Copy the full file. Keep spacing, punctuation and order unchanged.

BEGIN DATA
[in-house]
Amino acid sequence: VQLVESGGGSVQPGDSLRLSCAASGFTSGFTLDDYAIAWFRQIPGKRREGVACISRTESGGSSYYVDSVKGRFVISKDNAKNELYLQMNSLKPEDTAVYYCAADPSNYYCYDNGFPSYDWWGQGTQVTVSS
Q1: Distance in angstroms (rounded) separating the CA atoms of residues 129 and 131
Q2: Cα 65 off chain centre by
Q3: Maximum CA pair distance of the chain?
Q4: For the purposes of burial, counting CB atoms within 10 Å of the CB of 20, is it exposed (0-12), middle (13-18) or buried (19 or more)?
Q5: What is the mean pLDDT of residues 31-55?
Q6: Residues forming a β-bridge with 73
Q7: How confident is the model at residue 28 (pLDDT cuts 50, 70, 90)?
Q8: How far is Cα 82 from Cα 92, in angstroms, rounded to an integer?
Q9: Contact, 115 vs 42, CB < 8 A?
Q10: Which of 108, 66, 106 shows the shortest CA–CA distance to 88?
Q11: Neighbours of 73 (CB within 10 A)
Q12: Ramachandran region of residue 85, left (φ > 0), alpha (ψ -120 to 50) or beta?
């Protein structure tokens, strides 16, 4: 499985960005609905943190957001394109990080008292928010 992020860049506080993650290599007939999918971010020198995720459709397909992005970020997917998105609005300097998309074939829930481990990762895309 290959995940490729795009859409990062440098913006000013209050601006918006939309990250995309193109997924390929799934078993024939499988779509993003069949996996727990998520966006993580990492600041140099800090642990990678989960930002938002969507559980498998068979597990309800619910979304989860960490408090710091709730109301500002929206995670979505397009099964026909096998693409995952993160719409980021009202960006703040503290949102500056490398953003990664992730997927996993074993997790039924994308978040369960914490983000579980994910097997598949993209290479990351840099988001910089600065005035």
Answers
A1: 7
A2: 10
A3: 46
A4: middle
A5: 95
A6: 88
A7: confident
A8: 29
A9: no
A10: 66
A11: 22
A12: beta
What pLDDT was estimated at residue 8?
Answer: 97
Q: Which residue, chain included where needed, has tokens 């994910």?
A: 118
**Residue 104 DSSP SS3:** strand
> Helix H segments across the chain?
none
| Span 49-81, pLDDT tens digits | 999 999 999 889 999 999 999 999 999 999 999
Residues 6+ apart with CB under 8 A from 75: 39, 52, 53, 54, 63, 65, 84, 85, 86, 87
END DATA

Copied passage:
[in-house]
Amino acid sequence: VQLVESGGGSVQPGDSLRLSCAASGFTSGFTLDDYAIAWFRQIPGKRREGVACISRTESGGSSYYVDSVKGRFVISKDNAKNELYLQMNSLKPEDTAVYYCAADPSNYYCYDNGFPSYDWWGQGTQVTVSS
Q1: Distance in angstroms (rounded) separating the CA atoms of residues 129 and 131
Q2: Cα 65 off chain centre by
Q3: Maximum CA pair distance of the chain?
Q4: For the purposes of burial, counting CB atoms within 10 Å of the CB of 20, is it exposed (0-12), middle (13-18) or buried (19 or more)?
Q5: What is the mean pLDDT of residues 31-55?
Q6: Residues forming a β-bridge with 73
Q7: How confident is the model at residue 28 (pLDDT cuts 50, 70, 90)?
Q8: How far is Cα 82 from Cα 92, in angstroms, rounded to an integer?
Q9: Contact, 115 vs 42, CB < 8 A?
Q10: Which of 108, 66, 106 shows the shortest CA–CA distance to 88?
Q11: Neighbours of 73 (CB within 10 A)
Q12: Ramachandran region of residue 85, left (φ > 0), alpha (ψ -120 to 50) or beta?
């Protein structure tokens, strides 16, 4: 499985960005609905943190957001394109990080008292928010 992020860049506080993650290599007939999918971010020198995720459709397909992005970020997917998105609005300097998309074939829930481990990762895309 290959995940490729795009859409990062440098913006000013209050601006918006939309990250995309193109997924390929799934078993024939499988779509993003069949996996727990998520966006993580990492600041140099800090642990990678989960930002938002969507559980498998068979597990309800619910979304989860960490408090710091709730109301500002929206995670979505397009099964026909096998693409995952993160719409980021009202960006703040503290949102500056490398953003990664992730997927996993074993997790039924994308978040369960914490983000579980994910097997598949993209290479990351840099988001910089600065005035």
Answers
A1: 7
A2: 10
A3: 46
A4: middle
A5: 95
A6: 88
A7: confident
A8: 29
A9: no
A10: 66
A11: 22
A12: beta
What pLDDT was estimated at residue 8?
Answer: 97
Q: Which residue, chain included where needed, has tokens 């994910």?
A: 118
**Residue 104 DSSP SS3:** strand
> Helix H segments across the chain?
none
| Span 49-81, pLDDT tens digits | 999 999 999 889 999 999 999 999 999 999 999
Residues 6+ apart with CB under 8 A from 75: 39, 52, 53, 54, 63, 65, 84, 85, 86, 87